Application of the BOARD OF EDUCATION OF THE AVON CENTRAL SCHOOL DISTRICT for review of a determination of a hearing officer relating to the provision of educational services to a child with a disability
Harris Beach LLP, attorneys for petitioner, Alfred L. Streppa, Esq., of counsel
Joyce Berkowitz, Esq., attorney for respondent
Petitioner, the Board of Education of the Avon Central School District, appeals from that part of a hearing officer’s decision which found that the recommendations made by its Committee on Special Education (CSE) were void. Despite having determined that the recommended program had provided educational benefits to the student, the hearing officer found that the CSE’s recommendations were void because no regular education teacher attended the CSE meetings during which placement recommendations were made. Petitioner also appeals from the hearing officer’s finding that a day treatment program was the least restrictive environment for the student. Respondent cross-appeals from that portion of the hearing officer’s decision which found that the program recommended by petitioner’s CSE provided educational benefits to her daughter. The appeal must be dismissed. The cross-appeal must be dismissed as moot.
Preliminarily, I will address the procedural issues raised in this appeal. Respondent has submitted an affidavit dated September 13, 2002 with her cross-appeal. The affidavit was prepared by respondent after the hearing officer issued his decision. Petitioner argues that respondent’s affidavit should not be considered in this appeal because it was not submitted at the hearing and it was never provided to the hearing officer. Evidence not presented at a hearing may be considered in an appeal from a hearing officer’s decision if such evidence was unavailable at the time, or the record would be incomplete without the evidence (Application of a Child with a Disability, Appeal No. 00-007; Application of a Child with a Disability, Appeal No. 98-55; Application of a Child with a Disability, Appeal No. 95-41). The information contained in the affidavit relates to a June 14, 2002 conversation between respondent and the principal of Avon Primary School regarding his investigation of certain incidents in which respondent’s daughter was involved. The conversation occurred after the impartial hearing had concluded. Under the circumstances, I will exercise my discretion and accept the affidavit.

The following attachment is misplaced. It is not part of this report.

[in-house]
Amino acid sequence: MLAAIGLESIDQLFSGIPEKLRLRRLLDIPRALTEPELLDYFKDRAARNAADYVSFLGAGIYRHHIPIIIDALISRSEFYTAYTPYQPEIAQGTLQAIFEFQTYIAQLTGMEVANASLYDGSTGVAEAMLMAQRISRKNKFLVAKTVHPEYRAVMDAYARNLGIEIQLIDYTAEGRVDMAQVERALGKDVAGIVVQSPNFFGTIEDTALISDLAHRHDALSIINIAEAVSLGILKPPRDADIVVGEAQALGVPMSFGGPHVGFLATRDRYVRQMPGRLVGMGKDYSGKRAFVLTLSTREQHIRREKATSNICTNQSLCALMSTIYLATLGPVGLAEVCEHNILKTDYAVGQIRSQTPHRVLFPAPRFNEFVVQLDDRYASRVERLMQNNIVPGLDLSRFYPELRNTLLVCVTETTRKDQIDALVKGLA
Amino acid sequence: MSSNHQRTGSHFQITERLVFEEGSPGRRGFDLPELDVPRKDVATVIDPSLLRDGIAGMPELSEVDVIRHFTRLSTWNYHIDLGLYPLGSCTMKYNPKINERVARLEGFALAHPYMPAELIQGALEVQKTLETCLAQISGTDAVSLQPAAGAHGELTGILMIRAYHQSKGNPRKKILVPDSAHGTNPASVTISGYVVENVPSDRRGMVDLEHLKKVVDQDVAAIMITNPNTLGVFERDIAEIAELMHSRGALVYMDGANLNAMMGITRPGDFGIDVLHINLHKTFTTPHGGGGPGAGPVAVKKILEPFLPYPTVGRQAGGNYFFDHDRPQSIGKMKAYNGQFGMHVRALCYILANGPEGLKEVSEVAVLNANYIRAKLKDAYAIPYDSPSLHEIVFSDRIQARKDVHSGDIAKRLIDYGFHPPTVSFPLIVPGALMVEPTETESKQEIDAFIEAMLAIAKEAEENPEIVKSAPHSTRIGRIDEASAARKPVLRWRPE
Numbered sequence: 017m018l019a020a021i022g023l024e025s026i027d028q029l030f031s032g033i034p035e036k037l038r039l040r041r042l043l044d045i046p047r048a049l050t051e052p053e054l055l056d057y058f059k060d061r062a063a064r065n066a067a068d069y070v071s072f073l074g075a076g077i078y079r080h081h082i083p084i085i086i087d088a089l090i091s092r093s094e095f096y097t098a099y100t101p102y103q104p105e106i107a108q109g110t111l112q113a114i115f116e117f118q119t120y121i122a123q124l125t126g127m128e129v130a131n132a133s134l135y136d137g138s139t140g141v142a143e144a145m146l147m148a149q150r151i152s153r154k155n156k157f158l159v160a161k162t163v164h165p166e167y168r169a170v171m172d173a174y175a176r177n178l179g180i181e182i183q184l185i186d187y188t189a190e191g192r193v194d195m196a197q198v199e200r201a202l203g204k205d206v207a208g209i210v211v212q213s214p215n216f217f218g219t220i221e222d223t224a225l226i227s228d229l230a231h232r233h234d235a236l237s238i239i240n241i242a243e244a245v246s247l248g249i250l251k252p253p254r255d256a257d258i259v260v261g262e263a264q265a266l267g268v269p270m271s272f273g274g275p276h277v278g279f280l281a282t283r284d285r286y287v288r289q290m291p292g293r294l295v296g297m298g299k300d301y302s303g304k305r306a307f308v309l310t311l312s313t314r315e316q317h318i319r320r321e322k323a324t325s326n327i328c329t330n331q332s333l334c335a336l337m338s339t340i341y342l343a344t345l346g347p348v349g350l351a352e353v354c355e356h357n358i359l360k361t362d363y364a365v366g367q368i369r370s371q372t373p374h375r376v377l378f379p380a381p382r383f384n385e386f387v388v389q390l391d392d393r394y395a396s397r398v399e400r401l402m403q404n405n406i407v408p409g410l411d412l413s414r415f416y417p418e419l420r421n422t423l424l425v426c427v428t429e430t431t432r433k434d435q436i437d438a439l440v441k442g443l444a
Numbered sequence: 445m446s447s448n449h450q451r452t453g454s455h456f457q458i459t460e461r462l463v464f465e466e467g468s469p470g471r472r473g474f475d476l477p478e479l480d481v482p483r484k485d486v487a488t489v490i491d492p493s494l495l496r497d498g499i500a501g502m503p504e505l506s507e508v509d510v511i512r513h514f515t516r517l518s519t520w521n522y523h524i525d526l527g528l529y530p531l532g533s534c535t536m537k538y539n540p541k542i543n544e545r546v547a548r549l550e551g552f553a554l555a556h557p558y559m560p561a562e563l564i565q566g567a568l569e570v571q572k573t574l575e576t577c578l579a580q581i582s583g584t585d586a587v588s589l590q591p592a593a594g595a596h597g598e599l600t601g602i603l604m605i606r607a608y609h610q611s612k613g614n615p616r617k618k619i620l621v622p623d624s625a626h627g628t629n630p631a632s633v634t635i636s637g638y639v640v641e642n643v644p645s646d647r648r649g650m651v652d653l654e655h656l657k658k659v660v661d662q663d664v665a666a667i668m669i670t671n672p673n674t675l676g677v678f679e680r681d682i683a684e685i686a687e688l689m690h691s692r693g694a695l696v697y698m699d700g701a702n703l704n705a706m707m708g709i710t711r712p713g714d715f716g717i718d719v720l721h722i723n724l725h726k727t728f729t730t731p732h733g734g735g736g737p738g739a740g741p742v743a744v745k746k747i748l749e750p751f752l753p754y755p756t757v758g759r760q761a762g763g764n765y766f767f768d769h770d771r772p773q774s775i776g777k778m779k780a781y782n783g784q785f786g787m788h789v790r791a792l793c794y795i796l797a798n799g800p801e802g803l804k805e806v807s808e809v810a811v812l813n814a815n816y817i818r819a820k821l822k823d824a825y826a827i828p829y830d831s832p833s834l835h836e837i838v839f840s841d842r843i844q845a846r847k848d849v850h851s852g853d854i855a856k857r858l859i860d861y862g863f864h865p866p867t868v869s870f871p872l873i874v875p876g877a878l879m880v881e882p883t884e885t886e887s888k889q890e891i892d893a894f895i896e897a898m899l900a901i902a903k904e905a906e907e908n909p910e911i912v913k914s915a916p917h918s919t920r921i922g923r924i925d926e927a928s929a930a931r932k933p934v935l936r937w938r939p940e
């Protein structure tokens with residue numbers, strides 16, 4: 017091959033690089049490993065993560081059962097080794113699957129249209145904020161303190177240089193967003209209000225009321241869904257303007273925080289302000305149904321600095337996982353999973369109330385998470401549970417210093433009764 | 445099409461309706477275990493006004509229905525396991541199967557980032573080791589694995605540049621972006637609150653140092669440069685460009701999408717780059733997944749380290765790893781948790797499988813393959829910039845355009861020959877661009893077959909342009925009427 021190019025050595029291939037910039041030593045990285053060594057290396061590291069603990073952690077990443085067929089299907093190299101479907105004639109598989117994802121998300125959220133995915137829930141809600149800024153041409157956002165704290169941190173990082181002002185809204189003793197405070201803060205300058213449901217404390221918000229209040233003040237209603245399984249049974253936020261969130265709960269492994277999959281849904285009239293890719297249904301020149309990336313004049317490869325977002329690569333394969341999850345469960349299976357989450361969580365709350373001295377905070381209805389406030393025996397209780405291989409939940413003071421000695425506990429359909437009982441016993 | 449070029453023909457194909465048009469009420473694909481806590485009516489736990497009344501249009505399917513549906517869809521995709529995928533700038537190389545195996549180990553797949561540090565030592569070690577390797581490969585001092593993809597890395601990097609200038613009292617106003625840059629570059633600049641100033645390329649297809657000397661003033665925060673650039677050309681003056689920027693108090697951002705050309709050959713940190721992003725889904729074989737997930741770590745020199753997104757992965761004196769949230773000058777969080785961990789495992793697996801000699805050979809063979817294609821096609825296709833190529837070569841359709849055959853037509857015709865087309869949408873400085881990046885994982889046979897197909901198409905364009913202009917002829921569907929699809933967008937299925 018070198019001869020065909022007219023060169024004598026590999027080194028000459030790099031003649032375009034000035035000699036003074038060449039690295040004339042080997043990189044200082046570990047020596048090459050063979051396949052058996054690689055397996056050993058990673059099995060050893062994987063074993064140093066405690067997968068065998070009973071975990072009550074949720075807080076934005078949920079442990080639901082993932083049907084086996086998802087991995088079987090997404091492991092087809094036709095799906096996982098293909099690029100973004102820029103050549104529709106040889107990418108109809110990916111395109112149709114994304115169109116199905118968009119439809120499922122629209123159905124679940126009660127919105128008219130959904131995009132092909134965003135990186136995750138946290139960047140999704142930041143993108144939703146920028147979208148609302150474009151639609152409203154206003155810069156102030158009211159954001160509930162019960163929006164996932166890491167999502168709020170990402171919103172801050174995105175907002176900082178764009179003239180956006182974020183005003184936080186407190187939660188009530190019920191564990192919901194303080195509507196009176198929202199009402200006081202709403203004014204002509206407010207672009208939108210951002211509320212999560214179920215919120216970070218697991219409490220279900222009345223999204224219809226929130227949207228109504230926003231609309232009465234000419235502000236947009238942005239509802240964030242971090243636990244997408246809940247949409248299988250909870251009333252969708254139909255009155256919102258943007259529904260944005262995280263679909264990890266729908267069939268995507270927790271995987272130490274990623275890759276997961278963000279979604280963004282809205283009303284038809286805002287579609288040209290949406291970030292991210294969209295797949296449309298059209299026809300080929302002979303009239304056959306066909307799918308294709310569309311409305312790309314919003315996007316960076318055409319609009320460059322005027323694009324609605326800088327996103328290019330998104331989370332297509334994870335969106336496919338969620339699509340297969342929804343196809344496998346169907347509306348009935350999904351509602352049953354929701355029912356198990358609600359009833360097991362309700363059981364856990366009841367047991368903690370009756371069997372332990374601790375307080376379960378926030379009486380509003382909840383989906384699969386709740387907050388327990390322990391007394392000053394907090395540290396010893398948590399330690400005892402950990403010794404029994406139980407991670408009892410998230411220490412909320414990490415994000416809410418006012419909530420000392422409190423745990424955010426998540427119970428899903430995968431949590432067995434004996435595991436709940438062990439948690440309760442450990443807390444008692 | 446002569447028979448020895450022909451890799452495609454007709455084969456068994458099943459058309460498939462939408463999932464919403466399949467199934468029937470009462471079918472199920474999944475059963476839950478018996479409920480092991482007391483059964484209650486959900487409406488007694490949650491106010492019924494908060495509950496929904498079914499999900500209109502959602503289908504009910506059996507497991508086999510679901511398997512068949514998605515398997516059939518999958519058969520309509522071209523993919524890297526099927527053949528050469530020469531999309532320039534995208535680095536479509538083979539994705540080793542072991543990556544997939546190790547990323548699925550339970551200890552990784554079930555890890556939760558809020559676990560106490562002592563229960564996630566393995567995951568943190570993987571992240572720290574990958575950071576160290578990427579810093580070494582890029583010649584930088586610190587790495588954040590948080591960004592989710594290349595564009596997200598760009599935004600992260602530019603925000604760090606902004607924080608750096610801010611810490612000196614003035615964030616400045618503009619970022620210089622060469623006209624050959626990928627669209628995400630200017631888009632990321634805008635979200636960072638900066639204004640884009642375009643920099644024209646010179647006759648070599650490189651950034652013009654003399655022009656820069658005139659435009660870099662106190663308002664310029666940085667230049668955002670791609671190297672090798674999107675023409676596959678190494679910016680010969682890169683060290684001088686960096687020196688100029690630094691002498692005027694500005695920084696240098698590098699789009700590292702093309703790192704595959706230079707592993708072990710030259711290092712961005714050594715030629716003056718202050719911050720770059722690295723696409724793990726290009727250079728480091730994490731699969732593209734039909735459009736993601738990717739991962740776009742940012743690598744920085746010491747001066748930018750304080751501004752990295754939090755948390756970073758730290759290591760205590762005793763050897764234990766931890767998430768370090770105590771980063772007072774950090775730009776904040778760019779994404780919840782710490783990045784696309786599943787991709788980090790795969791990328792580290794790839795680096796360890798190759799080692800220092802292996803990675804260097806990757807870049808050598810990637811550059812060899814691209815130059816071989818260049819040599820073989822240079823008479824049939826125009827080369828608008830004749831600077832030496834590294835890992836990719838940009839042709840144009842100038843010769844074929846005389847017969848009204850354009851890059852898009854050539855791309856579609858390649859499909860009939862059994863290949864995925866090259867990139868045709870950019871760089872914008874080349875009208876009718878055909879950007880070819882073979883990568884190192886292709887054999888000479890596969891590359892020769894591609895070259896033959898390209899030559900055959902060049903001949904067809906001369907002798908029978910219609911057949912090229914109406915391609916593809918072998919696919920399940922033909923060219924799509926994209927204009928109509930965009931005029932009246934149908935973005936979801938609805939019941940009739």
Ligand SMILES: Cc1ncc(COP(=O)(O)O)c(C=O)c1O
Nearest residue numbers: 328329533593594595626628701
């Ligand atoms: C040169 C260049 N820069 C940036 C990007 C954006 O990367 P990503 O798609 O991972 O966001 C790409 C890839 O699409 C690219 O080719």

Petitioner also objects to respondent’s reply to its answer to respondent’s cross-appeal. Petitioner claims that the reply does not respond to any procedural defenses, but instead, contains additional allegations. A reply is limited to any procedural defenses or to additional documentary evidence included with the answer (8 NYCRR 279.6). Consequently, I do not consider the allegations raised by respondent in her reply to petitioner’s answer, which do not respond to procedural defenses.
The student was ten years old and in the third grade at Avon Primary School when the hearing began in May 2002. The student has consistently been diagnosed as having reactive attachment disorder and posttraumatic stress disorder. She is currently classified as emotionally disturbed and her classification is not in dispute. The student’s educational history is extensively described in the hearing officer’s decision and will not be repeated here in detail.